Crime

How to protect yourself from shopping scams during the holiday season

An online shopper searches different sites Dec. 12, 2016, from Miami. Unfortunately, there’s no time like the holidays for fraud. Online shopping is convenient and popular, for shoppers and scammers alike. Experts suggest restricting your purchases to reputable vendors, and being wary of look-alike websites, where the name of a well-known brand is slightly off. Also, don’t click on emails and links from unfamiliar senders, and make payments only on secure sites indicated by a lock symbol or ‘https’ in the web address.
An online shopper searches different sites Dec. 12, 2016, from Miami. Unfortunately, there’s no time like the holidays for fraud. Online shopping is convenient and popular, for shoppers and scammers alike. Experts suggest restricting your purchases to reputable vendors, and being wary of look-alike websites, where the name of a well-known brand is slightly off. Also, don’t click on emails and links from unfamiliar senders, and make payments only on secure sites indicated by a lock symbol or ‘https’ in the web address. AP

In the spirit of giving and not getting ripped off during the holidays, I reached out to Jim Marshall, the spokesman for the Miami FBI office.

Here is his advice on what to be on the lookout for during the holiday season:

Online shopping scams: If a deal looks too good to be true, it probably is. Such schemes may offer brand-name merchandise at extremely low discounts or promise gift cards as a purchase incentive. Steer clear of untrustworthy sites or ads offering items at unrealistic discounts or with special coupons.

Social media scams: Beware of posts on social media sites that appear to offer vouchers or gift cards. Some may pose as holiday promotions or contests. It may even appear as if it’s from one of your friends sharing a link with you. These scams can be attempts to steal personal information.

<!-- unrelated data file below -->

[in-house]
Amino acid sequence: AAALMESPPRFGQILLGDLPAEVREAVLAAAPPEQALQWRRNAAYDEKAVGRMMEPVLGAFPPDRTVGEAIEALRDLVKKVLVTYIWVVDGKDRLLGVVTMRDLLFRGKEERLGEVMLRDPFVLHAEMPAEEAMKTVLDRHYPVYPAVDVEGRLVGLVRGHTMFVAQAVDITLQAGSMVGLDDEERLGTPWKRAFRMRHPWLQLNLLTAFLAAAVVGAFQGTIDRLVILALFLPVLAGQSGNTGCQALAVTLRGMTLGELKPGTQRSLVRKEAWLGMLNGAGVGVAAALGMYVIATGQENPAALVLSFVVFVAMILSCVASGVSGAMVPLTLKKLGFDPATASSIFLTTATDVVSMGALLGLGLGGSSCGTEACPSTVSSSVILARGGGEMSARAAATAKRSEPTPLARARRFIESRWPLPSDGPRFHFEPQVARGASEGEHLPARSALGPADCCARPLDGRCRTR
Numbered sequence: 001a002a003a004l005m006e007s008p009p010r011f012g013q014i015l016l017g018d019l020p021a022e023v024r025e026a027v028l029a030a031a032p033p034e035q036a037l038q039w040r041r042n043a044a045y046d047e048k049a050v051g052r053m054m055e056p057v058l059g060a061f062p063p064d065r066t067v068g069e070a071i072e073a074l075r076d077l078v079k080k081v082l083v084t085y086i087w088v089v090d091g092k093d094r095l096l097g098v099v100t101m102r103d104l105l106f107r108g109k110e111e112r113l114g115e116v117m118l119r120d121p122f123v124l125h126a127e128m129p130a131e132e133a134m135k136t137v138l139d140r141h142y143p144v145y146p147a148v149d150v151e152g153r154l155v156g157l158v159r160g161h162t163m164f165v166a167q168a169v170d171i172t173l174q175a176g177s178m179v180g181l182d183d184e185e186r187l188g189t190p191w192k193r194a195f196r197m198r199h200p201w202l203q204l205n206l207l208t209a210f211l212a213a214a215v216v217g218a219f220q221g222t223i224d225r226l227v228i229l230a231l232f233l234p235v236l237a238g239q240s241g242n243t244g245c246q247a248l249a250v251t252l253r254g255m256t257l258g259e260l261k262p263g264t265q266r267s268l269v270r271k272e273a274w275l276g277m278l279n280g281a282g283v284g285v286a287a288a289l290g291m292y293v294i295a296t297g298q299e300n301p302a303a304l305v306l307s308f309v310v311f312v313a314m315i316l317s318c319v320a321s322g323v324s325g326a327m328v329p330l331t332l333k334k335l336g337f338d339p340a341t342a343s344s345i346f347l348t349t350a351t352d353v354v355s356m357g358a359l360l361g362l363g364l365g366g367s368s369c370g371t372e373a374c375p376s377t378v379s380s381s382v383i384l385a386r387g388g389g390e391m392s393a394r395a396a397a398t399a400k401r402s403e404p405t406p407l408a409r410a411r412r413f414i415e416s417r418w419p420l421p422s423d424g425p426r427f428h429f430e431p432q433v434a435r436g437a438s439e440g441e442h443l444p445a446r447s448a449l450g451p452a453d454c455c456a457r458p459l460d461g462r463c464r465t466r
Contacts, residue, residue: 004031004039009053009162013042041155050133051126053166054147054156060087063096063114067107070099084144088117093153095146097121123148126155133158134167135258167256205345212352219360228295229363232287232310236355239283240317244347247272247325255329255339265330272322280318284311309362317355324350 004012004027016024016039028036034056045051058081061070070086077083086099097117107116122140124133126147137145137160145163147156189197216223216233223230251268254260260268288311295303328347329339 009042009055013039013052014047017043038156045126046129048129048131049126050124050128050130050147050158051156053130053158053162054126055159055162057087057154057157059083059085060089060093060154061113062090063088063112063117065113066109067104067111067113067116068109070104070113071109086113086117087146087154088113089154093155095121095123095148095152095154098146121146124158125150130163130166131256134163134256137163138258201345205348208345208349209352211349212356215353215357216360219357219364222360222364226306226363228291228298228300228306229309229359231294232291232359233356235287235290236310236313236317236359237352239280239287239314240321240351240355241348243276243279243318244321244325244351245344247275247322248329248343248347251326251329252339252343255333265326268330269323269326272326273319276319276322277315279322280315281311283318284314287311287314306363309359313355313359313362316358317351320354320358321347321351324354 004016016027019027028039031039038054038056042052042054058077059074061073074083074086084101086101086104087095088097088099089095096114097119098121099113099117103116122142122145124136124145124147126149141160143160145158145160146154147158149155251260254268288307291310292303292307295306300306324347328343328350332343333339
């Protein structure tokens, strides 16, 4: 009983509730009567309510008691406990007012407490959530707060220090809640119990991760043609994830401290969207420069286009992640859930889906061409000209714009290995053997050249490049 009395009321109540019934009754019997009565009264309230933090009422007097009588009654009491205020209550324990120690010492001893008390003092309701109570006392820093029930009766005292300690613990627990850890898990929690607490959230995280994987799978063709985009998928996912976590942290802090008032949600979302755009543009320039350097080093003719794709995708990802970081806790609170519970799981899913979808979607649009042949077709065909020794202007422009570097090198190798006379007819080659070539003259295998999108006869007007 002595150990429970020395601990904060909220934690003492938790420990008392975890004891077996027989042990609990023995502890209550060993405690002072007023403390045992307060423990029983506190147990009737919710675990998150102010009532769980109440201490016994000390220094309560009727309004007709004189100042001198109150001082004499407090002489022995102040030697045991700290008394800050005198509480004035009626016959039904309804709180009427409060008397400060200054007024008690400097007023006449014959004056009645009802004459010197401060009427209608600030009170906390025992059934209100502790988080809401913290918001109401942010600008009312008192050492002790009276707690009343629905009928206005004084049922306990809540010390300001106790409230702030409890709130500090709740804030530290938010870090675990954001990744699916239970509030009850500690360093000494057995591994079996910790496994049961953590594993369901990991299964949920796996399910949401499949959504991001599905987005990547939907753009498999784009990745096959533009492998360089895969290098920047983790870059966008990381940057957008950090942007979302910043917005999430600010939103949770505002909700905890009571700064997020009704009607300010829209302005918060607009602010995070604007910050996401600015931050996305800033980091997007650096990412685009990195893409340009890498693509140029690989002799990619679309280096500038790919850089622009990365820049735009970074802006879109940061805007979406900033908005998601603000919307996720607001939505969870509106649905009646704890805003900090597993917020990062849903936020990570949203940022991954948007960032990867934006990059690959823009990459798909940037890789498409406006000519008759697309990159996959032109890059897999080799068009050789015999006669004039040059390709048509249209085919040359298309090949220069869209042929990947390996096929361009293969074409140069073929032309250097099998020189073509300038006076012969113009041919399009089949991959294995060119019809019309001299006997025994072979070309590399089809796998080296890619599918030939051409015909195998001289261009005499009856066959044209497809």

Smartphone app scams: Be careful when downloading mobile applications. Some apps, often disguised as games and offered for free, may be designed to steal personal information. Before downloading an app from an unknown source, research the company selling it or giving it away and look for third-party reviews of the product.

Protect yourself: Here are some additional steps you can take to avoid becoming a victim of cyber fraud this holiday season.

▪ Check your credit card statement routinely.

▪ Purchase merchandise from reputable sources.

▪ Ensure a site is secure and reputable before providing your credit card number online.

▪ Beware of purchases or services that require you to pay with a gift card.

▪ Do not respond to unsolicited emails or click on any links in these emails.

If you think you have been victimized, contact your financial institution immediately and contact law enforcement. File a complaint with the FBI’s Internet Crime Complaint Center at www.IC3.gov regardless of dollar loss.

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As many of you will remember our 42 Annual Awards Ceremony had to be rescheduled due to Hurricane Irma. The rescheduled date is Dec. 15, at the Doubletree Hotel & Miami Airport Convention Center. Our keynote speaker will be Amos Rojas, U.S. Marshal for the Southern District of Florida, and our Master of Ceremony will be Janine Stanwood, WPLG Local 10 anchor/reporter. Miami-Dade County Commissioner Jose “Pepe” Diaz is our honorary chairman. The theme this year is “Building Bridges,” a true partnership between law enforcement and the Crime Watch communities. We are asking participants to bring a “toy” for those children who suffered under Hurricane Irma. If you are interested in participating or donating, please contact our office.

Carmen Caldwell is executive director of Citizens’ Crime Watch of Miami-Dade. Send feedback and news for this column to carmen@citizenscrimewatch.org, or call her at 305-470-1670.

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